As some of you may know, our developer Ieva, who's been with us since the beginning of Stall Catchers, has recently left us, and we've been struggling to "make ends meet"! Fortunately though, we found a gem of a developer - Percy - who joined us a little while ago, and helped us develop Dream Catchers. Percy is now full on with the projects of the institute, and here's a little interview with him, to tell you all about it!
How did you end up working with the Human Computation Institute?
It all started back in August 21st 2019. That day I received an email from Pietro Michelucci, entitled: “Looking for a full-stack Laravel developer - telework”. After reading the email, I realized it was basically a job opportunity to work with the Human Computation Institute on their different projects. Pietro explained in his email that he found me through my various online activities and contributions within the Laravel Community.
I was a bit sceptical at first but then I decided to give it a try, and here I am today happily working with a great group of people on various interesting projects.
What's your main role at HCI? Which projects do you work with?
I would describe my role as a Full-Stack Engineer at HCI. I help out with all aspects related to software conception and development process. From data modeling to Front-End design, bug fixing and deployment process. I am also involved in improving the current ecosystem of all the various platforms within HCI.
Projects I’ve worked mainly are Stall Catchers, Dream Catchers, and, currently, Civium*.
* learn more about the civium initiative here: Civium post
Which HCI project inspires you most? Why?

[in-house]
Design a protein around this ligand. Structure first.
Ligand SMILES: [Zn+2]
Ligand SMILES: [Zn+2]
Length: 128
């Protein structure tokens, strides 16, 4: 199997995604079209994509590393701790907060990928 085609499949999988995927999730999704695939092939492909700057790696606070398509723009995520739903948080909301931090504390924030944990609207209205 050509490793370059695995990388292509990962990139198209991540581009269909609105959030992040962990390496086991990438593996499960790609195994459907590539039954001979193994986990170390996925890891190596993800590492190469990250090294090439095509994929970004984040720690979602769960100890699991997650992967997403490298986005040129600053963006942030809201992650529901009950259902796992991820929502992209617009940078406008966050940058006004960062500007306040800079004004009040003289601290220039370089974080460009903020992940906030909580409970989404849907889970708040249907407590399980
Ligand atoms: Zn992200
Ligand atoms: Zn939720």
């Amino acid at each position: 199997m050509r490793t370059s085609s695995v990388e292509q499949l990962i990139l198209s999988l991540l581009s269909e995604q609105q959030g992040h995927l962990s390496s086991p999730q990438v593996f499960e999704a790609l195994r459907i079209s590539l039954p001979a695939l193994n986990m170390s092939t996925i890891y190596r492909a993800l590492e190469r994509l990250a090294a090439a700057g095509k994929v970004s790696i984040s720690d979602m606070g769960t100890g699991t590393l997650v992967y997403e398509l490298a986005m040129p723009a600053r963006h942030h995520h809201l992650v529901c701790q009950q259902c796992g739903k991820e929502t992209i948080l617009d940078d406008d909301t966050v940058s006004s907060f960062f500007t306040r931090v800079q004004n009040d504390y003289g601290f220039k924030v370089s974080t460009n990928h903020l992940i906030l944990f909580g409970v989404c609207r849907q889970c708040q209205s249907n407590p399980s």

I would definitely have to say Stall Catchers.
The reason being that as a Software Developer, it's our job to build tools that make people’s lives better, but it’s also pretty cool to imagine that some of the tools that you’ve built might actually save someone’s life. That’s a great source of inspiration for me to keep working with HCI.
Have you been involved with crowdsourcing or citizen science before? What is your opinion about these efforts / tackling big problems with citizen science?
This is my first time working with crowdsourcing and citizen science. The idea of bringing people together is a very interesting concept. More and more platforms are now doing the same (am not talking about social media).
One of the analogies that I can draw from it is Open Source Software and platforms such as GitHub which brings Software Engineers together to build better software that everyone can benefit from.
This approach has really revolutionized the software development industry, by making people collaborate instead of competing. The same way, I think, Crowdsourcing and Citizen Science are revolutionizing the way we will solve big problems in the future.
What have been the main challenges working with HCI projects / crowdsourcing / citizen science so far? Why?
The main challenge for me was that I’ve never worked with such projects before.
In Software Projects you have usually various “types” (example ecommerce platforms). Projects of the same “type” would usually share more or less the same business logic even if they are built by different companies or developer. An Ecommerce Website will always need to have Products, Search functionality, checkout buttons and so on. So having never worked on Crowdsourcing and Citizen science types of projects before it took some time for me to fully understand the business logic behind these kind of platforms and I am still learning new things to this day.
Do you have any connection to the big problems that HCI is tackling with citizen science? Alzheimer's (Stall Catchers), SIDS (Dream Catchers), or other diseases that future projects / Civium might tackle?
I don’t personally have any connection to these problems, but as I mentioned, just the thought of being able to bring a small contribution to tackling these big issues brings me great joy and a certain sense of satisfaction.
Have you ever participated in other citizen science projects? If so, which ones?
Unfortunately I have not, but I am now very much interested in discovering other citizen science projects and see what problems they are trying to solve.